AS new research shows the number of senior business roles held by women in the UK has fallen over the past 12 months, the Chelmsford office of financial and business advisers Grant Thornton says more work needs to be done improve boardroom diversity if local companies are to reach their full potential.

Grant Thornton’s annual Women in Business survey found that the percentage of female senior managers in the UK has dropped from 21 per cent in 2016 to 19 per cent in 2017. This represents just a 1 per cent increase on the 18 per cent figure when the survey was first conducted in 2004. The research also revealed UK businesses without any women in top level management positions rose from 36 per cent in 2016 to 41 per cent in 2017.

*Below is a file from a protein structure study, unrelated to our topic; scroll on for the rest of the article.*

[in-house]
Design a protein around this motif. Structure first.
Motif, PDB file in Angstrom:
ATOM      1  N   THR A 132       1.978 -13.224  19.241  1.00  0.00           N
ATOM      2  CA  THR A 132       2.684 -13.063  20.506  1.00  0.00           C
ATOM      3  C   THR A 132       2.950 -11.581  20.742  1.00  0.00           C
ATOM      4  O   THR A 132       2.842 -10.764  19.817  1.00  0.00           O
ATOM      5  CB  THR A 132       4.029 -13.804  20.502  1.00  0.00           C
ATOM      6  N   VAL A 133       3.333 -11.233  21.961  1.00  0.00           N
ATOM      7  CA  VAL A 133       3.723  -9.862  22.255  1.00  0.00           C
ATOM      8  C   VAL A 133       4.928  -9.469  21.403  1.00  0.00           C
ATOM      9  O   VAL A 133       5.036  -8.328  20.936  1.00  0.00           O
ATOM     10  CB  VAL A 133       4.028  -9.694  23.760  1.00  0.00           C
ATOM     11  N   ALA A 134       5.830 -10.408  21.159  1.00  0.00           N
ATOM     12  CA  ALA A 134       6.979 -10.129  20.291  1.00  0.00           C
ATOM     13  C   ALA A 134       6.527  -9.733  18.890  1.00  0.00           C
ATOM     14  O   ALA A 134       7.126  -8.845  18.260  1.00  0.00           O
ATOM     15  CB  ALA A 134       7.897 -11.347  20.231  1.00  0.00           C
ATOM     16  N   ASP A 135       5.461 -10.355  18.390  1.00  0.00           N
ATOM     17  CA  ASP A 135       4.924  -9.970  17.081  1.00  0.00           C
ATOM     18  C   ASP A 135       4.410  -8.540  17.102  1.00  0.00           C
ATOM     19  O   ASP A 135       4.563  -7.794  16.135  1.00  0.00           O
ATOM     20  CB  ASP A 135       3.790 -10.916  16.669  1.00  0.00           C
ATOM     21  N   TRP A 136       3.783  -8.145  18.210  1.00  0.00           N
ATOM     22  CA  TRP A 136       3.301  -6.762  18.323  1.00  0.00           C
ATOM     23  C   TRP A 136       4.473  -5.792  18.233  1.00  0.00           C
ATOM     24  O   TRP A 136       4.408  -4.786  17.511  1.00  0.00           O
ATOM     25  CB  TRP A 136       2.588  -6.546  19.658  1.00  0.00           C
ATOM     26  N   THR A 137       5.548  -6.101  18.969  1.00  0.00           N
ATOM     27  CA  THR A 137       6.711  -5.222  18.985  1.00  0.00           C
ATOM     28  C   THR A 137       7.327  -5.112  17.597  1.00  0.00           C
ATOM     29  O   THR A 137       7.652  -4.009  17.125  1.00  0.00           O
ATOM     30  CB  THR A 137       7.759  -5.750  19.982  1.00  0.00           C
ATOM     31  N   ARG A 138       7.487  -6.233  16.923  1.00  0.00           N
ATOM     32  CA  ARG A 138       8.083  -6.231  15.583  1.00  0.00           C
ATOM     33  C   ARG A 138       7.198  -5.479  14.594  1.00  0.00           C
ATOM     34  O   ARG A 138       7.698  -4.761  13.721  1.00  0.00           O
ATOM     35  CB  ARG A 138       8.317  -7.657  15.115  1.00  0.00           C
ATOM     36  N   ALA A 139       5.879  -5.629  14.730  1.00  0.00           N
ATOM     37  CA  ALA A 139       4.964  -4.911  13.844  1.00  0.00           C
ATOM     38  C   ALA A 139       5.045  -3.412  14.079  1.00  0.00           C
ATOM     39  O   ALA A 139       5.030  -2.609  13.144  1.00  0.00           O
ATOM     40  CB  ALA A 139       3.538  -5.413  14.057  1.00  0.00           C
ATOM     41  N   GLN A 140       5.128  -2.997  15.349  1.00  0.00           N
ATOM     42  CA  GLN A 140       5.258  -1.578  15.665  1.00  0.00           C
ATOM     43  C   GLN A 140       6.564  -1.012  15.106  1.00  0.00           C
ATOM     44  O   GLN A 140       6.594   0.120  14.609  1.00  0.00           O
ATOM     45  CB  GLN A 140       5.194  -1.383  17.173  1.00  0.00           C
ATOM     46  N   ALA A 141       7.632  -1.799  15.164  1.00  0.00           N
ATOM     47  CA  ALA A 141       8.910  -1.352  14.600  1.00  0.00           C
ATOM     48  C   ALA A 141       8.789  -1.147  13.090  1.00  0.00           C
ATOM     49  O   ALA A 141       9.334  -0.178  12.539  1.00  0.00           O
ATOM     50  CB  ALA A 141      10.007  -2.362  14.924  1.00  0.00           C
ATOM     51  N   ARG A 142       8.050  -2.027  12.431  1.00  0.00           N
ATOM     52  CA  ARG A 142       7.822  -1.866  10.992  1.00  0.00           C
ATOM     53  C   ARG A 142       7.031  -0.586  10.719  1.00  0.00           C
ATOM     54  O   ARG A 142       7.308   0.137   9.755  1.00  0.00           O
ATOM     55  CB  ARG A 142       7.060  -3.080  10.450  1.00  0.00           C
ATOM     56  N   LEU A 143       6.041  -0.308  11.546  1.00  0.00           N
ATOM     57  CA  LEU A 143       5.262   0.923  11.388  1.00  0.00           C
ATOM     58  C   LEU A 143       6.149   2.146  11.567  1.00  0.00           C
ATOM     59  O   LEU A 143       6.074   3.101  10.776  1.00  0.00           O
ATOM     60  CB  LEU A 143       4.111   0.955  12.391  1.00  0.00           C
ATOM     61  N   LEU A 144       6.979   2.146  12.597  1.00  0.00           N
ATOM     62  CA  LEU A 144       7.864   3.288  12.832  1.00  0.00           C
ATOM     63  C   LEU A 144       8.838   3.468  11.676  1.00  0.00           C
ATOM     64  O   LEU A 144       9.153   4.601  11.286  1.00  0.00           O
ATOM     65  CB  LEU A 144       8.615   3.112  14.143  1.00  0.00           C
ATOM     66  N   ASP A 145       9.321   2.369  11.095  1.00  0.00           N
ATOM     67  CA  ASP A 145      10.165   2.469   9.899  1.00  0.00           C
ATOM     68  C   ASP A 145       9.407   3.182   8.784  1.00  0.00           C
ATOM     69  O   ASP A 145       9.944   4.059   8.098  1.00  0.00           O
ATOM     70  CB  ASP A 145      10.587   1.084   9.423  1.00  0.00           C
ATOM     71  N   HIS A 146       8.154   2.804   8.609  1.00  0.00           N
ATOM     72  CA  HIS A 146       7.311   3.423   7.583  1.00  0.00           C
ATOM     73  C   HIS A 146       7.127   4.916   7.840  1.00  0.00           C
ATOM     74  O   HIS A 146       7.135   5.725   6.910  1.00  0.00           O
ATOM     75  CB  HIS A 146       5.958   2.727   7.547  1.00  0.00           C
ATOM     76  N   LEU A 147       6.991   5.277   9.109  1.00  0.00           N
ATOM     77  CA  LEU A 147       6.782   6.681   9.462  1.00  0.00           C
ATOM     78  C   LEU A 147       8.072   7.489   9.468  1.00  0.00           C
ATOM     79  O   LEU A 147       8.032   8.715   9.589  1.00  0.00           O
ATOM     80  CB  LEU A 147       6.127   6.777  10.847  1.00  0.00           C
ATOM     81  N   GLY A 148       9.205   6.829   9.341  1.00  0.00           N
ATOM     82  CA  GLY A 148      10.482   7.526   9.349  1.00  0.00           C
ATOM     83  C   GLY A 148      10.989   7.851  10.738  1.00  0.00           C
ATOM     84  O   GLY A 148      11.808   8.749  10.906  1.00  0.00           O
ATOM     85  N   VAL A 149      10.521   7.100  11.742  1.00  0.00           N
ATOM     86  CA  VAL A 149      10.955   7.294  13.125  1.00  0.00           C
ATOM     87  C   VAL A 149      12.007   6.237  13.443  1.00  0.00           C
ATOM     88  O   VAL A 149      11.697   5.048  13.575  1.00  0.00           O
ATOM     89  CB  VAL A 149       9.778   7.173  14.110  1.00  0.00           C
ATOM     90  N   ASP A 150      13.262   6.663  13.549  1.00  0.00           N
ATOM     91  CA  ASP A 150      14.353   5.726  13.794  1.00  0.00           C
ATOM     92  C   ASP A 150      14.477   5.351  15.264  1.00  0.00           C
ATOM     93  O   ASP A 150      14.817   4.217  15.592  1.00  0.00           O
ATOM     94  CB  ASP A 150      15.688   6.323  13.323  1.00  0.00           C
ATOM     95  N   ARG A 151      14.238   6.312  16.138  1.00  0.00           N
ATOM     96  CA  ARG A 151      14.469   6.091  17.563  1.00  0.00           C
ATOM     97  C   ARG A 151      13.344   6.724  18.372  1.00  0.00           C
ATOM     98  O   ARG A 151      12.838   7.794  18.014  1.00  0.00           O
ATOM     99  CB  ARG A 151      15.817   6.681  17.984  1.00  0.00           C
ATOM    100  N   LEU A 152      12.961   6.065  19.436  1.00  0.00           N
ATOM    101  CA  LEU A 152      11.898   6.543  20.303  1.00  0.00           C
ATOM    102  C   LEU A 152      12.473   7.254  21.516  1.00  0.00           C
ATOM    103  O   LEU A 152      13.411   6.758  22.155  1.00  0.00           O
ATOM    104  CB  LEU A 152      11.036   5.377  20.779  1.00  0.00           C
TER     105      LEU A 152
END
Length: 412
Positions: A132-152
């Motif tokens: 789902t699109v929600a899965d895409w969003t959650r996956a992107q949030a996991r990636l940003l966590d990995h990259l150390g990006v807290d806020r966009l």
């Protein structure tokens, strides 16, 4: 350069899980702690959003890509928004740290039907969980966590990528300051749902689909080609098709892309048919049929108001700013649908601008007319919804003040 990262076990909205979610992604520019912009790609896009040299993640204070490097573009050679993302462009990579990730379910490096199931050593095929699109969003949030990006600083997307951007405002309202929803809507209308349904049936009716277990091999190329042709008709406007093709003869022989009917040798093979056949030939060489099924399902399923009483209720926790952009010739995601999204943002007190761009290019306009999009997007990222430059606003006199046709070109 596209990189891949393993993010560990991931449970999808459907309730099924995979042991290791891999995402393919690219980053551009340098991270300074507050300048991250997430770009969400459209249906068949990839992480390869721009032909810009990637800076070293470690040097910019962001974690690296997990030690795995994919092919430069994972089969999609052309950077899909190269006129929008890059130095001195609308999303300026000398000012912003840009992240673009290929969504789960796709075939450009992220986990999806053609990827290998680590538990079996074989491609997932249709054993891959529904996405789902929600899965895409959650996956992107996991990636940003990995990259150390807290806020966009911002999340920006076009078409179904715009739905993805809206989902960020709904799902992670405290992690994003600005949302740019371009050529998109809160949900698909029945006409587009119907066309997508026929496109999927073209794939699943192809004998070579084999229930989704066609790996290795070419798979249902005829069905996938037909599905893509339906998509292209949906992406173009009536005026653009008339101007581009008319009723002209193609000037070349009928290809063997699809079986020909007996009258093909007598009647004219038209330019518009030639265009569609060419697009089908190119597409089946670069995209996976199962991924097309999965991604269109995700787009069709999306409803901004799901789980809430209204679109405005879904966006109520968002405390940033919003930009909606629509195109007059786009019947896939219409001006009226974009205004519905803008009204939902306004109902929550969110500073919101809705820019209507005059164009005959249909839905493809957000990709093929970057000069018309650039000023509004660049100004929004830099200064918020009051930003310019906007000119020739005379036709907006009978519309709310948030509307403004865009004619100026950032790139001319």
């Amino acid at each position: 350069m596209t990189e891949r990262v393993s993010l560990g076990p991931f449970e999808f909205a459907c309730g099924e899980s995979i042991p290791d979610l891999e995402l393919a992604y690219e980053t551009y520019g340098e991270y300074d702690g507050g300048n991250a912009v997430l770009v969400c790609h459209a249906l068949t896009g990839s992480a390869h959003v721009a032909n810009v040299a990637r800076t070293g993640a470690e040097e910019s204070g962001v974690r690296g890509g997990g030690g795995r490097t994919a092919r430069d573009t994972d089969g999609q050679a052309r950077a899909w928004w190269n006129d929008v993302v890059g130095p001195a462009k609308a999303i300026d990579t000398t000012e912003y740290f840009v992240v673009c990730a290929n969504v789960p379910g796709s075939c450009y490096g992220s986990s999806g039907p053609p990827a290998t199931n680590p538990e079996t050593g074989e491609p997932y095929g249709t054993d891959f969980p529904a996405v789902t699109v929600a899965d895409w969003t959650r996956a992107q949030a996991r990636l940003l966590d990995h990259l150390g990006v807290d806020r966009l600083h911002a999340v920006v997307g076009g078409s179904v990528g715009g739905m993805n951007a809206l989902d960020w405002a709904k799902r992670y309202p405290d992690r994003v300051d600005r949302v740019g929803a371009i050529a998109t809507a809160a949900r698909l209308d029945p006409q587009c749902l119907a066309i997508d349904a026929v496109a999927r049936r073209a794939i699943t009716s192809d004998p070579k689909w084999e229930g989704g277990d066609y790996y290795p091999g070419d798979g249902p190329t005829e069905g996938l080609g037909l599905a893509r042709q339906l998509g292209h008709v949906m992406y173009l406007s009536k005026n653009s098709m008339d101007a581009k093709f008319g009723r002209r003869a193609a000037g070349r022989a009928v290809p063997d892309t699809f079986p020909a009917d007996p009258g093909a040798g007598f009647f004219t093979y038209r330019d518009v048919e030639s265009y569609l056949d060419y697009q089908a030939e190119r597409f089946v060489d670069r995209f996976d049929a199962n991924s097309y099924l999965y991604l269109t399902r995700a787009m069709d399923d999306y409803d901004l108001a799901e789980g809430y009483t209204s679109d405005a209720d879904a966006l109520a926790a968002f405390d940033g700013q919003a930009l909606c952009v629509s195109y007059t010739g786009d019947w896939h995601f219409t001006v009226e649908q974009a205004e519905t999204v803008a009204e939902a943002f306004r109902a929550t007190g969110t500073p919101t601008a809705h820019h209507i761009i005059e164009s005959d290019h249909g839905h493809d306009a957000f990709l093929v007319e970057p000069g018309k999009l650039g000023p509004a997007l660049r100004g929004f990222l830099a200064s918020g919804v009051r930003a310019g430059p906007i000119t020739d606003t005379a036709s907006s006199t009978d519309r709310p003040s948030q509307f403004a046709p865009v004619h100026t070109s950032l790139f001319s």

Lindsey Copland (pictured), associate director at Grant Thornton’s Chelmsford office, said: “Undoubtedly advancements in gender diversity have been made over the 13 years since our study began. But it’s disappointing to see this progression still isn’t reflected to a high enough level across the board.

“Diversity is central to shaping a vibrant economy where people and businesses thrive. It provides different ways of thinking which can open organisations to new perspectives and opportunities.

We need to create an environment that is conducive to all which means a fundamental shift in what leadership looks like. The traditional model where the individual must be perfect and the job all-consuming is still extremely prevalent. This is a real concern as it suggests too many businesses are wasting the full potential of their people.”